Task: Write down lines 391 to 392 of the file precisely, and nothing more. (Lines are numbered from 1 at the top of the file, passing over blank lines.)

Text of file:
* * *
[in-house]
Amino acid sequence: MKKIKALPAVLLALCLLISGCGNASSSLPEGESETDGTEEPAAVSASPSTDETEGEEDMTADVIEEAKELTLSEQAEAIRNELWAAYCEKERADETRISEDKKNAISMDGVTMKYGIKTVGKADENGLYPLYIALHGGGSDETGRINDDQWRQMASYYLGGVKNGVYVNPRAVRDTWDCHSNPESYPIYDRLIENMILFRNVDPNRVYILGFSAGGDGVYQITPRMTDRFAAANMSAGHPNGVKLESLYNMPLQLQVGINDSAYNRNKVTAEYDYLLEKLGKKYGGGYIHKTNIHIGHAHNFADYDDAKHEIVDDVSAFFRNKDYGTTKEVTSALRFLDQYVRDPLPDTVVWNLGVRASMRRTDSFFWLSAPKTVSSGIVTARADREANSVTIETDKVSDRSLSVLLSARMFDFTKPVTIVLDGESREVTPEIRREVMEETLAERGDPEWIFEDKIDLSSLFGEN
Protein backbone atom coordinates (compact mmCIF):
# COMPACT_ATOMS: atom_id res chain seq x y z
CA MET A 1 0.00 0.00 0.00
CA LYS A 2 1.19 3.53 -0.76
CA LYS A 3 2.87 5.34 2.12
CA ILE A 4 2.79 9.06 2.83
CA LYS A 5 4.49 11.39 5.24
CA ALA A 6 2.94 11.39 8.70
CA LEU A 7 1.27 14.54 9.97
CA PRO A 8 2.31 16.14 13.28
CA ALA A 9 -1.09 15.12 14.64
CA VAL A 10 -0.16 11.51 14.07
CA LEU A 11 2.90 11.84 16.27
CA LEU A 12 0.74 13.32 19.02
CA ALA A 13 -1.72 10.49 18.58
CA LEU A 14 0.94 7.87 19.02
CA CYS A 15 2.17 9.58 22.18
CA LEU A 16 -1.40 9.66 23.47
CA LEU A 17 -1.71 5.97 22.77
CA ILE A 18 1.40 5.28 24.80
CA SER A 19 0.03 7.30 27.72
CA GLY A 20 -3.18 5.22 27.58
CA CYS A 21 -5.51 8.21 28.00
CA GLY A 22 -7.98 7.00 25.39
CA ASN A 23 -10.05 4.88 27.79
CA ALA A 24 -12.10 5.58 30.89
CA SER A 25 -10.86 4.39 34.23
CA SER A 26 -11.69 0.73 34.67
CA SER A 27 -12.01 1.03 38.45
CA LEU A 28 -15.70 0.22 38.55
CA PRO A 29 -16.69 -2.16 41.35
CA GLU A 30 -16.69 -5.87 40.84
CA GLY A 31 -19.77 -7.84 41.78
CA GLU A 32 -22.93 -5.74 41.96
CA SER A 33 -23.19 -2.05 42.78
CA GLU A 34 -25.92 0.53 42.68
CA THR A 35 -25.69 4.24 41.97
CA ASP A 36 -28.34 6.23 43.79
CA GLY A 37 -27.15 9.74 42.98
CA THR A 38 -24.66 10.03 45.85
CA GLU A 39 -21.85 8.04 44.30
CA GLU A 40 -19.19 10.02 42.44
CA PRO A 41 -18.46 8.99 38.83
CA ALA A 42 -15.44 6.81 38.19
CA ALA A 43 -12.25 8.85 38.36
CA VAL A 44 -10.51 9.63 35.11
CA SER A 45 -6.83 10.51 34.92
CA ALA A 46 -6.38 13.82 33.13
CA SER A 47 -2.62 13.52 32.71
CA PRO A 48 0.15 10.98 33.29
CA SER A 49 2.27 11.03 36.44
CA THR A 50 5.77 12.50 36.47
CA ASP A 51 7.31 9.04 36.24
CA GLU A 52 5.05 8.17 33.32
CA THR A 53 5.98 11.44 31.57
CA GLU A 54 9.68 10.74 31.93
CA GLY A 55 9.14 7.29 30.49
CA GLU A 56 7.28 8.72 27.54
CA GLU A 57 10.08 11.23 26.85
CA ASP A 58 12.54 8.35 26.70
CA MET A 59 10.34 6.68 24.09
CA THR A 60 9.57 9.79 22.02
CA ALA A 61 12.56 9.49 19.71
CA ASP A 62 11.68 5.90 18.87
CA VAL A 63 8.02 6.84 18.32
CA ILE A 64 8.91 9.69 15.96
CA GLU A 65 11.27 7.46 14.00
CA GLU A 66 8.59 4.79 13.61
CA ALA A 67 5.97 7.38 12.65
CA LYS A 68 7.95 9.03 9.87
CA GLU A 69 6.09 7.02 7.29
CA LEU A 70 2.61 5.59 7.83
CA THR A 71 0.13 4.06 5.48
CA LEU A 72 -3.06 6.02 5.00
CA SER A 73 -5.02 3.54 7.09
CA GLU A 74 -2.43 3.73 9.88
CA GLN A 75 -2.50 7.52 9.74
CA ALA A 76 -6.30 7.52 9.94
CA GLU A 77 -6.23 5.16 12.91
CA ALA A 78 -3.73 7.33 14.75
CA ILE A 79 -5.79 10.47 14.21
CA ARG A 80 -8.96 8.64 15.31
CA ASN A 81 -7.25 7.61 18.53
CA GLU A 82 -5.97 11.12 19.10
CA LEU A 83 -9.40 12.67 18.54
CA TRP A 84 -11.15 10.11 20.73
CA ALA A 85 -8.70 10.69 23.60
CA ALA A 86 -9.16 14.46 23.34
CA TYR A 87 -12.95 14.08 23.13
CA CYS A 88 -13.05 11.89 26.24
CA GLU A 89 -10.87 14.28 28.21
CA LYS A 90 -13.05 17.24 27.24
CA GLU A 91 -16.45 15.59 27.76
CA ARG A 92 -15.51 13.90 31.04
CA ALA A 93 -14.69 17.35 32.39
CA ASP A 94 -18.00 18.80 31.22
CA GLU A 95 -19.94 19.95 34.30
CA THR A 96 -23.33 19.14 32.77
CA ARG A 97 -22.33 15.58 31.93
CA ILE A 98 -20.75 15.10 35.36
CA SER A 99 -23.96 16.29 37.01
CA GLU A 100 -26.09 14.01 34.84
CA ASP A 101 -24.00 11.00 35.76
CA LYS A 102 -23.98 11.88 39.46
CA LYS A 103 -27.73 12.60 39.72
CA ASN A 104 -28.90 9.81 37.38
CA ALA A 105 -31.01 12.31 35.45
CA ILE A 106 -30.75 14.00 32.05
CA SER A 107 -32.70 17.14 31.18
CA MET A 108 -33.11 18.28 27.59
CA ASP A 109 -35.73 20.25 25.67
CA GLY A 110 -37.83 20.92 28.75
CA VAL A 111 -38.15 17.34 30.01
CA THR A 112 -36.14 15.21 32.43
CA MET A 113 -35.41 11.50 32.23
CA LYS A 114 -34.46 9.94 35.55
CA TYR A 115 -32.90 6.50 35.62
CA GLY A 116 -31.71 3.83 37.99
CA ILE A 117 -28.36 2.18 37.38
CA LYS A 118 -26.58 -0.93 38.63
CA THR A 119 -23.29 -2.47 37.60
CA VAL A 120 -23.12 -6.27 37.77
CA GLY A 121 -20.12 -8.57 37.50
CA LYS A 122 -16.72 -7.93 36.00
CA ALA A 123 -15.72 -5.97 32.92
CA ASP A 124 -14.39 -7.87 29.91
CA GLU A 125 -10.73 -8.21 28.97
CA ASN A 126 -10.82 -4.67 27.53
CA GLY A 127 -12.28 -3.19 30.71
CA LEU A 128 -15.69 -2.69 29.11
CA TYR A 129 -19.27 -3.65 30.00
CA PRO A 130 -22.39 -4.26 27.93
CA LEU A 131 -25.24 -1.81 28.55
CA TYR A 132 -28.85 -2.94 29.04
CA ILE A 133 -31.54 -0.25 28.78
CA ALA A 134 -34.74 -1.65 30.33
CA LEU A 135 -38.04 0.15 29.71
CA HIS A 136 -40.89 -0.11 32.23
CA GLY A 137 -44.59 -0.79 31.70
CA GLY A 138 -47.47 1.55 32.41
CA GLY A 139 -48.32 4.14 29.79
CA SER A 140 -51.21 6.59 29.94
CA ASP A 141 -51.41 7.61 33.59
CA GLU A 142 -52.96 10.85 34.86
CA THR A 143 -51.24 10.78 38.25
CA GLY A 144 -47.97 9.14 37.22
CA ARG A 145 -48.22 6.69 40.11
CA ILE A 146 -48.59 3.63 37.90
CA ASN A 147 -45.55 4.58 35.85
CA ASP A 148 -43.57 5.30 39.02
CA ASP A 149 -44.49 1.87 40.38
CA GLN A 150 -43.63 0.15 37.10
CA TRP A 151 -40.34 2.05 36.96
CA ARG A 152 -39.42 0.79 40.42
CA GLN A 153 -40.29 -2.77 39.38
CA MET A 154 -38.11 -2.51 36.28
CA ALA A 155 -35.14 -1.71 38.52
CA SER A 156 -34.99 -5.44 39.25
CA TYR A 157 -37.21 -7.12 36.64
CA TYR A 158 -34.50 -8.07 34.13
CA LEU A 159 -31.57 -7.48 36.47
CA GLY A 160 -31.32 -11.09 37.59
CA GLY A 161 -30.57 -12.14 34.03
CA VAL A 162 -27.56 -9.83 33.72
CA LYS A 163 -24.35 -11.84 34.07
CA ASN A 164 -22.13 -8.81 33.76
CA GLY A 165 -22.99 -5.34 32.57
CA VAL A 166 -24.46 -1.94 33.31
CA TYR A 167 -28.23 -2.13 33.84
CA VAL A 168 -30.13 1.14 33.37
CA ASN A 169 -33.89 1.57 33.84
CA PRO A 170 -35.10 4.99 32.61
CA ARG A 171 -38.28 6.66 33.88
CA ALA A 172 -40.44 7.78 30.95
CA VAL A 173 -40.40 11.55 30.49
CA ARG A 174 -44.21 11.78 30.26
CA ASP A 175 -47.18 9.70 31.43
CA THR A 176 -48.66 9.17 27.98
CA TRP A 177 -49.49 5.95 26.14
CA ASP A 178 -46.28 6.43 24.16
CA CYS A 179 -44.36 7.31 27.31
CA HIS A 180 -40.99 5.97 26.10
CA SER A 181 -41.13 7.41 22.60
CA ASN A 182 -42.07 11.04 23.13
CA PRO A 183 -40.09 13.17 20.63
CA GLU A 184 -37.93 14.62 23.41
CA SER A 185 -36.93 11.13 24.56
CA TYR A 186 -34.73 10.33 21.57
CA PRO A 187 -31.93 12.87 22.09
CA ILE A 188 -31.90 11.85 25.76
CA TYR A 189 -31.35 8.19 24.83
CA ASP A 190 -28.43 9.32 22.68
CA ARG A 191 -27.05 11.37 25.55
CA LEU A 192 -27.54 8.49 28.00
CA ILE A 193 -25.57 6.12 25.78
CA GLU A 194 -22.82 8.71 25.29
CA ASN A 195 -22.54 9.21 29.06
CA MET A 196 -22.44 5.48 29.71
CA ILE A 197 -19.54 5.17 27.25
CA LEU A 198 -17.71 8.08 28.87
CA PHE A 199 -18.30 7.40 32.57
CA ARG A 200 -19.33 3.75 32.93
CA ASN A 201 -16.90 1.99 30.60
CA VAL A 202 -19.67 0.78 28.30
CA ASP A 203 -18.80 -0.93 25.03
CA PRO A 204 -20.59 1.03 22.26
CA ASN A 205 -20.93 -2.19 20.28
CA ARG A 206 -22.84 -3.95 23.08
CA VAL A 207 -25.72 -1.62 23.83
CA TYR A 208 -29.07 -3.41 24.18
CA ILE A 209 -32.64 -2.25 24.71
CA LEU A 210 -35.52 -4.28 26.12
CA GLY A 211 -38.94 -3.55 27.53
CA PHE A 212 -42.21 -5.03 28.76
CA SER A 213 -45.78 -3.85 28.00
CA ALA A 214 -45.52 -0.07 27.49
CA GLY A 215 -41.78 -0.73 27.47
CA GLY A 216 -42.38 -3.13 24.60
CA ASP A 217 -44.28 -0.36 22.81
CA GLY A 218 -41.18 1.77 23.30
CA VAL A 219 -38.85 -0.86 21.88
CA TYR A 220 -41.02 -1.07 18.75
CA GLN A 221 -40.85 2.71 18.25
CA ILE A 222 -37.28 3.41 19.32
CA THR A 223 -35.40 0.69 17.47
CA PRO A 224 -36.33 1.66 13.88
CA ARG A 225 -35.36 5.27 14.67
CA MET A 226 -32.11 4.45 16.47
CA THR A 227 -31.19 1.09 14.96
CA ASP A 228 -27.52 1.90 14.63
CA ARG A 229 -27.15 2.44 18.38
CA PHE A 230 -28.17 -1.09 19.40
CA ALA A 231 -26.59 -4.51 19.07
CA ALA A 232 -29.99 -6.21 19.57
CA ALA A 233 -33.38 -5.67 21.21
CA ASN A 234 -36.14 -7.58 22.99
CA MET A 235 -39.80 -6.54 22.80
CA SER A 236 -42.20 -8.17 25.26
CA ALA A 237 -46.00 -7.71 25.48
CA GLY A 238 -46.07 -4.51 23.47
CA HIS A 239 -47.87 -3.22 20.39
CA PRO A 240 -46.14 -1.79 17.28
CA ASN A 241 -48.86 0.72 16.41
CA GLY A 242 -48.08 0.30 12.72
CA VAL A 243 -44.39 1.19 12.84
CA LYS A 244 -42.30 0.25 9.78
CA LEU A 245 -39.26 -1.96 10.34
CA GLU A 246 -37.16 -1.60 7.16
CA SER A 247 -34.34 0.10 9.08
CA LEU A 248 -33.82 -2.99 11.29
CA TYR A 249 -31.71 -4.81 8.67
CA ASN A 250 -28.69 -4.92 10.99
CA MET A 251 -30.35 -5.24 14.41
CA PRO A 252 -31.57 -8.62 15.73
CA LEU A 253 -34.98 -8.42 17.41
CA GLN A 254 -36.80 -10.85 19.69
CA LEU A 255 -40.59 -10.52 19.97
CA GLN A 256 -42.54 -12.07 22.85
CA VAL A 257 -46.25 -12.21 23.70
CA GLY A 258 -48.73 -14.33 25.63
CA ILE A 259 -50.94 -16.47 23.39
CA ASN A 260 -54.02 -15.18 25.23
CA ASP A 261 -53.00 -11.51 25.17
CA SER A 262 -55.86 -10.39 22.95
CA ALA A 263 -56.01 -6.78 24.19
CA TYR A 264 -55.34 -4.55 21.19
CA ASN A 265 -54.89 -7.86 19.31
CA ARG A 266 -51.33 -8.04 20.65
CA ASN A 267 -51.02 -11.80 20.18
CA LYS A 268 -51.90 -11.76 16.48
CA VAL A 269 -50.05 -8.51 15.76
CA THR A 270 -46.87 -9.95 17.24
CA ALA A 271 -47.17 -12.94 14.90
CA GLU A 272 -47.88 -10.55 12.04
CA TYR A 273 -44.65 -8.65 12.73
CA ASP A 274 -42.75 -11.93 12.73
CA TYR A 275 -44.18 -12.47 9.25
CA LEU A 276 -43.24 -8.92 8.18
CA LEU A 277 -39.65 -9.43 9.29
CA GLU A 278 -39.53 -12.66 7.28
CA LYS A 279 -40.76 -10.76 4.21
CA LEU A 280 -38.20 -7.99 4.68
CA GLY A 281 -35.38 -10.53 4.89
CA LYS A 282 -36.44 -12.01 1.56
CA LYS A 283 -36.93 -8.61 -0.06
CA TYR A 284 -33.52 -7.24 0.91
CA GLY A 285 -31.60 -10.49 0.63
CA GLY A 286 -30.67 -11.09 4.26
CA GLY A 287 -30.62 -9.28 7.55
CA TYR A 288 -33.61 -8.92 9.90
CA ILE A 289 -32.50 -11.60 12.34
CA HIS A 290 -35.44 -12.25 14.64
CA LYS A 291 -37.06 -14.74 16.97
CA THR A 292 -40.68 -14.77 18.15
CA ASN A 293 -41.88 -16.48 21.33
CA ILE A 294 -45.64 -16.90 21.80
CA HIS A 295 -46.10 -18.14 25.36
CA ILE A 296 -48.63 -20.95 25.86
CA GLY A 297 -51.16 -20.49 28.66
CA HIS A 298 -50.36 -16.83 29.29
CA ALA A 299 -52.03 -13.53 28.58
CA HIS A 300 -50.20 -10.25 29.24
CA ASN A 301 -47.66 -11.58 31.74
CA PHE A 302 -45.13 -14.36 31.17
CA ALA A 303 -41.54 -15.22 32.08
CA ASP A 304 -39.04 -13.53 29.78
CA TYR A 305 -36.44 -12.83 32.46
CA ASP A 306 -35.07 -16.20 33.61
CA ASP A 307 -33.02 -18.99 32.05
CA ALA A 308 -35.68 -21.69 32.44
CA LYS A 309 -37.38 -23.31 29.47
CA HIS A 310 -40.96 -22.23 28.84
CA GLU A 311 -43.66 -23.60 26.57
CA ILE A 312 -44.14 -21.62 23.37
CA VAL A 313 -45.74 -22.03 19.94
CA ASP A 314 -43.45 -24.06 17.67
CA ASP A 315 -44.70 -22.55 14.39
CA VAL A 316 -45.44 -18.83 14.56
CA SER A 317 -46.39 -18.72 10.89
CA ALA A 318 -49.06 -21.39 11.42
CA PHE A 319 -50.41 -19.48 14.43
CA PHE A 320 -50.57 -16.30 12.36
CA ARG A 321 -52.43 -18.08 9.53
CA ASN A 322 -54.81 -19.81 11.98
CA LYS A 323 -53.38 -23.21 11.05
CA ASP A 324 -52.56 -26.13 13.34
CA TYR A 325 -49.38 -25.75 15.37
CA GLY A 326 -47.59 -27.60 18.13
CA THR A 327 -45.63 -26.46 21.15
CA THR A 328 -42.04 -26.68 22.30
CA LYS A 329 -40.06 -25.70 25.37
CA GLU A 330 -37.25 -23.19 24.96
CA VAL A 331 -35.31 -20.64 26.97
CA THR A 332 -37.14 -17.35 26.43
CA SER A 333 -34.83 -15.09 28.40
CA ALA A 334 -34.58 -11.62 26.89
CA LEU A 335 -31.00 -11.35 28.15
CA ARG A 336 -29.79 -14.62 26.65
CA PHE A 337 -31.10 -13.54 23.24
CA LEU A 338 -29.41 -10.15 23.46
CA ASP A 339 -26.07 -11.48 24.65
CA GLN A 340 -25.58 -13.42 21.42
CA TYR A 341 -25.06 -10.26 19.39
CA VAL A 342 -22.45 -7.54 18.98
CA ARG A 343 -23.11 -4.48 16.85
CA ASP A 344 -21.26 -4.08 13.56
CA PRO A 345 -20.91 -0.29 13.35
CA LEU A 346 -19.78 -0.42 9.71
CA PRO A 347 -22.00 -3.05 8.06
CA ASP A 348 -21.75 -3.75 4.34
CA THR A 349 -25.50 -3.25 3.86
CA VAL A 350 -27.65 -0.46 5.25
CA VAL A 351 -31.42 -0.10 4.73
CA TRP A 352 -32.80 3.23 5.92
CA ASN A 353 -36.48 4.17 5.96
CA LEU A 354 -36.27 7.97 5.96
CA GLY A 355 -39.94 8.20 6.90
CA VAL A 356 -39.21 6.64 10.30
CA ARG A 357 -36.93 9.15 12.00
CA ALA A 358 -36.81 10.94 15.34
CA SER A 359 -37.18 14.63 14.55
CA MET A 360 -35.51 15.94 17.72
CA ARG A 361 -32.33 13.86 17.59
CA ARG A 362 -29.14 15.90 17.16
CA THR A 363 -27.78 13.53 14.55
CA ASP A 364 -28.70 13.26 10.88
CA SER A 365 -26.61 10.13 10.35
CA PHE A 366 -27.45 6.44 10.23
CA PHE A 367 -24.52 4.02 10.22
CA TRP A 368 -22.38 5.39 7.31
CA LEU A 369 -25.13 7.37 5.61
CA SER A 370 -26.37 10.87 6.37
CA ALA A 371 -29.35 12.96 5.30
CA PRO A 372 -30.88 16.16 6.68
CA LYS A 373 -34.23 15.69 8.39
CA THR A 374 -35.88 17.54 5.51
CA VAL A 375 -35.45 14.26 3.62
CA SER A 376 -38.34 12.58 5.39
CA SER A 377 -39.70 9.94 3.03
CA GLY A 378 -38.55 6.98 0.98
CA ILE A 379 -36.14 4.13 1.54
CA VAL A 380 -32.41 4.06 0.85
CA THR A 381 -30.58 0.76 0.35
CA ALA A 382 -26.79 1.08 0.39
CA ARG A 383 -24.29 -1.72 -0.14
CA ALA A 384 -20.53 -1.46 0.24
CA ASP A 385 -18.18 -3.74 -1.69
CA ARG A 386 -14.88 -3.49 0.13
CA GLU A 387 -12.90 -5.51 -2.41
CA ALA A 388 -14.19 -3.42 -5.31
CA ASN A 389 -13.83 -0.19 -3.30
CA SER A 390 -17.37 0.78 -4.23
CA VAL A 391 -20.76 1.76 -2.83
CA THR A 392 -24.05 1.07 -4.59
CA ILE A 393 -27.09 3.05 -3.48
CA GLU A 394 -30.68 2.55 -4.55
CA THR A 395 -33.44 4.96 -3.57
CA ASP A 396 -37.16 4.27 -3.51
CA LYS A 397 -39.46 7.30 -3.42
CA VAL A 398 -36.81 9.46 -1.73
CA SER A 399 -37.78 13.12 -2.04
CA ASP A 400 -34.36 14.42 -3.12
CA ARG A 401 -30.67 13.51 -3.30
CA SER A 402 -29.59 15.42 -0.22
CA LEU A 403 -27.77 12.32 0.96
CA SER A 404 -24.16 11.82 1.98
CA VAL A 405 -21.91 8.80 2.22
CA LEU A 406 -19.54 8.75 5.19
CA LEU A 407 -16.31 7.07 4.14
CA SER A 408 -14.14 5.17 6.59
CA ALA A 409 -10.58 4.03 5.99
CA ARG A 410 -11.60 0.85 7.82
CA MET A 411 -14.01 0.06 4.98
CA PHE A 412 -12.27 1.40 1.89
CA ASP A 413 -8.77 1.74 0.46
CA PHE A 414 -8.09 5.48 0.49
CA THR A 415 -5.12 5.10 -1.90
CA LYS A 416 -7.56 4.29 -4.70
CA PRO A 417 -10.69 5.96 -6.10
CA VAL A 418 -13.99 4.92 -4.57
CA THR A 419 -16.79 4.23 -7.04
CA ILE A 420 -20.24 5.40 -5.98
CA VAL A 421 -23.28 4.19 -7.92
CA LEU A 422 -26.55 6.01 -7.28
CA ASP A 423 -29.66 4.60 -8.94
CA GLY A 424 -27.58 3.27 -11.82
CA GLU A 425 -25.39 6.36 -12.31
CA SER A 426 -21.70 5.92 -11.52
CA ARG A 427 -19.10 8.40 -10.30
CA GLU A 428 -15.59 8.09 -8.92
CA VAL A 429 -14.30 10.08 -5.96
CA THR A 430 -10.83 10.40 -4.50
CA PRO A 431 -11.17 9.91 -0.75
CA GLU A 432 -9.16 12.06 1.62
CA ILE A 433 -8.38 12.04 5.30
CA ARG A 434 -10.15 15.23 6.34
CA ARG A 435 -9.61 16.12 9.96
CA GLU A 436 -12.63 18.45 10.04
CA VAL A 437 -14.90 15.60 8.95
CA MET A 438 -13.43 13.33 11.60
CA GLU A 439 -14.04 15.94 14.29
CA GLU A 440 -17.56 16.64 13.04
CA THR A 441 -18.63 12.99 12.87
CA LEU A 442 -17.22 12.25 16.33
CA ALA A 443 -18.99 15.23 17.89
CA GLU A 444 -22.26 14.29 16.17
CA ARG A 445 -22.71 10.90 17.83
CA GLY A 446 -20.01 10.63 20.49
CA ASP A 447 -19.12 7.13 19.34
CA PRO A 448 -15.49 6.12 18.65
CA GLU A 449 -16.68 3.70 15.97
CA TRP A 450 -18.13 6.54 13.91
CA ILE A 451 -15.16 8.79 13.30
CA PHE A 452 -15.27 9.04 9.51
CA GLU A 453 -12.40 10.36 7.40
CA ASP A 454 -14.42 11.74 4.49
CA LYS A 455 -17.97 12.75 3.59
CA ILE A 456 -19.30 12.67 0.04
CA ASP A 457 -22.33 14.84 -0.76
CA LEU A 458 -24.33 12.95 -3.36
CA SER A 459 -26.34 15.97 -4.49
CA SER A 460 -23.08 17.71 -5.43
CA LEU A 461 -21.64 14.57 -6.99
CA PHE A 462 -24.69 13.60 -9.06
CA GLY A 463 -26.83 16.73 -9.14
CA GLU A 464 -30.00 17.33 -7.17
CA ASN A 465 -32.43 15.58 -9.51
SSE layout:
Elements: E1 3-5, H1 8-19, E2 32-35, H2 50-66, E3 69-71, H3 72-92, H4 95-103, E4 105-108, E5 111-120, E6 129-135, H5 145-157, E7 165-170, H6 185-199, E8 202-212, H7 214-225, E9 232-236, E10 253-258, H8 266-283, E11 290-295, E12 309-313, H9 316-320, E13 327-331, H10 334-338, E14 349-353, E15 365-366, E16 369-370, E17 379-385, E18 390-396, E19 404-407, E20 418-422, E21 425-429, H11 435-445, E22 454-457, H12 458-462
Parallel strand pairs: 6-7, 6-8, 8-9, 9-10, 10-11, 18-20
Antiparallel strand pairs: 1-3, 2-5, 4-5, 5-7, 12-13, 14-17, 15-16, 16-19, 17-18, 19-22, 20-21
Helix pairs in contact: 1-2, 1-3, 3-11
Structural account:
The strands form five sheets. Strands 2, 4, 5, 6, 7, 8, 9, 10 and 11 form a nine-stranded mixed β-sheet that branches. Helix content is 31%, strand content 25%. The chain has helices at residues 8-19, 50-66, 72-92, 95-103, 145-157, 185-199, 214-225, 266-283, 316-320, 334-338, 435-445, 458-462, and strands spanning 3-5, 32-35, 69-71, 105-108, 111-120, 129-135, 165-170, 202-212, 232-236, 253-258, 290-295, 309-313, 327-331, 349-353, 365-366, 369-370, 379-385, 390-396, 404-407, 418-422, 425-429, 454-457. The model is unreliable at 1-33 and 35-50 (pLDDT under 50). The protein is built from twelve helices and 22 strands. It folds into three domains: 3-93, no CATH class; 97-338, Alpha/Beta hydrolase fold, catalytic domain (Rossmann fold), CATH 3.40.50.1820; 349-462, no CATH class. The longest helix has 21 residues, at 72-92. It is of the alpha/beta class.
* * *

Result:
CA GLU A 387 -12.90 -5.51 -2.41
CA ALA A 388 -14.19 -3.42 -5.31